Updated with decision at 12.50pm

Plans to raise the Fortina Hotel tower in Sliema to 23 storeys and build a new 15-storey residential complex were approved by the Planning Authority on Thursday.

Eleven members voted for the development, three against. Those voting against were Opposition representative Marthese Portelli, NGO reprepresentative Annick Bonello and Sliema council representive John Pillow.

They argued that the floor area ratio policy which governed high-rise development was not adhered to as the development was not surrounded by streets on four side as required by the policy.

During the hearing, Sliema councillor Paul Radmilli also raised concerns over whether the conditions of the transfer of land from the government to Fortina allowed for residential development and insisted that this should be established before any vote was taken.

But PA executive chairman Johann Buttigieg said that the preliminary clearance by the Lands Authority was sufficient in this case.

Residents who attended raised further concerns over the loss of natural light and the noise and dust caused by demolition work, which have been ongoing since January.

The permit is demolish the existing four-star hotel and spa wing of the five-star resort and build 109 apartments over 15 floors, as well as a ground-floor shopping mall and three levels of underground parking.

It will also add five extra floors to the existing hotel tower, and build a new 13-floor hotel block in place of the spa wing, with restaurants at the plaza level.

Read: 22 high-rises over 10 storeys planned

Around 2,500 square metres of public open space will be created at the back of the residential block and maintained by the hotel.

The Planning Directorate case officer noted that “the proposed redevelopment project is being considered as an opportunity to improve the skyline”. The proposal, the case officer said, created a “smooth transition” between the existing conventional development and the approved/existing high-rise structures present in the immediate vicinity.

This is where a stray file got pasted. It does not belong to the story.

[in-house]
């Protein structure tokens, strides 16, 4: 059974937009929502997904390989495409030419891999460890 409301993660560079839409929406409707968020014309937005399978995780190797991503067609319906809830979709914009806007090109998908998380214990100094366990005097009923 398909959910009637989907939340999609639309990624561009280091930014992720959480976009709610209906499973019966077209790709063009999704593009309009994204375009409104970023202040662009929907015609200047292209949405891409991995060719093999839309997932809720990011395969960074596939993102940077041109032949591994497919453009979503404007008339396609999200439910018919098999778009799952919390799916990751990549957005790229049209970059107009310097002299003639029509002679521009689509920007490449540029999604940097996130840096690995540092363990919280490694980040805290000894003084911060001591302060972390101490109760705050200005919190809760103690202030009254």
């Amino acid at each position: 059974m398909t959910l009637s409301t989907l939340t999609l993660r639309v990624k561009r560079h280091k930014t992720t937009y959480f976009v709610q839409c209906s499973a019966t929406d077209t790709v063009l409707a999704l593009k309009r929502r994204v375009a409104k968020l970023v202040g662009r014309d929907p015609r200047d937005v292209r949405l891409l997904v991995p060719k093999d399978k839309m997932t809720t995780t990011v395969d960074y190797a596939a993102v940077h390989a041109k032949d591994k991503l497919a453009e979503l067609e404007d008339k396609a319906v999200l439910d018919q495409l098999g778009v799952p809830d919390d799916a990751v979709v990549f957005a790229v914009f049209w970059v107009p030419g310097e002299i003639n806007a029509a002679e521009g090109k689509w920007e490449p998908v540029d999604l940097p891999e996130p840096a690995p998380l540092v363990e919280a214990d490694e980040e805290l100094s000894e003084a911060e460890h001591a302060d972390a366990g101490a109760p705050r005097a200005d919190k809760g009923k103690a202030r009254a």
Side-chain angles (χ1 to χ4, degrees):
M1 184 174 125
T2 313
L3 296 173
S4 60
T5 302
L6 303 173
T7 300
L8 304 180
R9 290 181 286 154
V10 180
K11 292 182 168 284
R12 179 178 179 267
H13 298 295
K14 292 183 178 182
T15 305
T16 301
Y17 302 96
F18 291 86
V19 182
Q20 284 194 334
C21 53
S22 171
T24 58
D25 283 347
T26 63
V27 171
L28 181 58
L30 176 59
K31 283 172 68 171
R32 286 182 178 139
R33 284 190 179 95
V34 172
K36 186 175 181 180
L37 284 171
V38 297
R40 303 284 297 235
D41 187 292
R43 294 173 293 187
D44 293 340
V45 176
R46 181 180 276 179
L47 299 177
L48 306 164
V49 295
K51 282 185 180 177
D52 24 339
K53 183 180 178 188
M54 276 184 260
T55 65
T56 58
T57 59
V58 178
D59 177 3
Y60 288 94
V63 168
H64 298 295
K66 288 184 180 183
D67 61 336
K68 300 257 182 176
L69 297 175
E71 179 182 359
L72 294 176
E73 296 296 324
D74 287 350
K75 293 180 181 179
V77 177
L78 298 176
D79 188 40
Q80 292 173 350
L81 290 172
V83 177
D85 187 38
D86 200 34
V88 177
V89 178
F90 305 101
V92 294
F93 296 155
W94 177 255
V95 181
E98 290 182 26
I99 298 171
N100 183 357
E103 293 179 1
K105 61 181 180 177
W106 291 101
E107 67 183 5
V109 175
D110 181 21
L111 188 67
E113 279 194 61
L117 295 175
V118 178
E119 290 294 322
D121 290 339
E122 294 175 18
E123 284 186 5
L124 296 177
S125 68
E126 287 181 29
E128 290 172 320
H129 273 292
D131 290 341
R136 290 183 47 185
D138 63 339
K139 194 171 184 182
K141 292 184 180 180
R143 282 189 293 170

The application was recommended for approval against a planning gain of €596,250 as well as a €50,000 contribution to a fund administered by Arts Council Malta, for the creation of public art.

The Environment and Resources Authority (ERA) has raised no objections as it deemed significant impacts to be unlikely as long as appropriate mitigation measures were taken.

It noted, however, that “the absence of a clear plan-level picture of the development capacity of the surrounding area of influence, such case-by-case assessment of individual development proposals has important limitations vis-à-vis proper evaluation of the actual cumulative air quality impact”.

The project had stirred controversy after it was exempted from a full Environment Impact Assessment. Instead, the assessment was based on the developers’ Project Description Statement, which the ERA said “considered the environmental issues in a sufficient manner”.

Further concerns were raised by the Partit Demokratiku in October over the fact that the public land on which the existing hotels sat had been granted on a soft ground rent intended for the hotel industry.

The inclusion of a residential complex, the party said, was a clear change of use from that stipulated in the original contract, and would “necessitate a rethink of the ground rent, which is an insignificant cost in light of the huge amount of money set to be made”.

The demolition of the current structures has already been approved.

Work has been ongoing since January but has drawn complaints from various residents due to the excessive dust and debris they say the work has generated.

Security at PA tightened

Following the confrontation by activists, a few weeks ago, as the authority discussed building a huge fuel pumping station on pristine land, security at the authority's offices has been tightened.

Two security guards have been placed outside the PA offices and the bags of the public attending meetings were being checked and placed through a metal detector.

Another two police officers were inside the building.

A security notice was also stuck to the door.

Independent journalism costs money. Support Times of Malta for the price of a coffee.

Support Us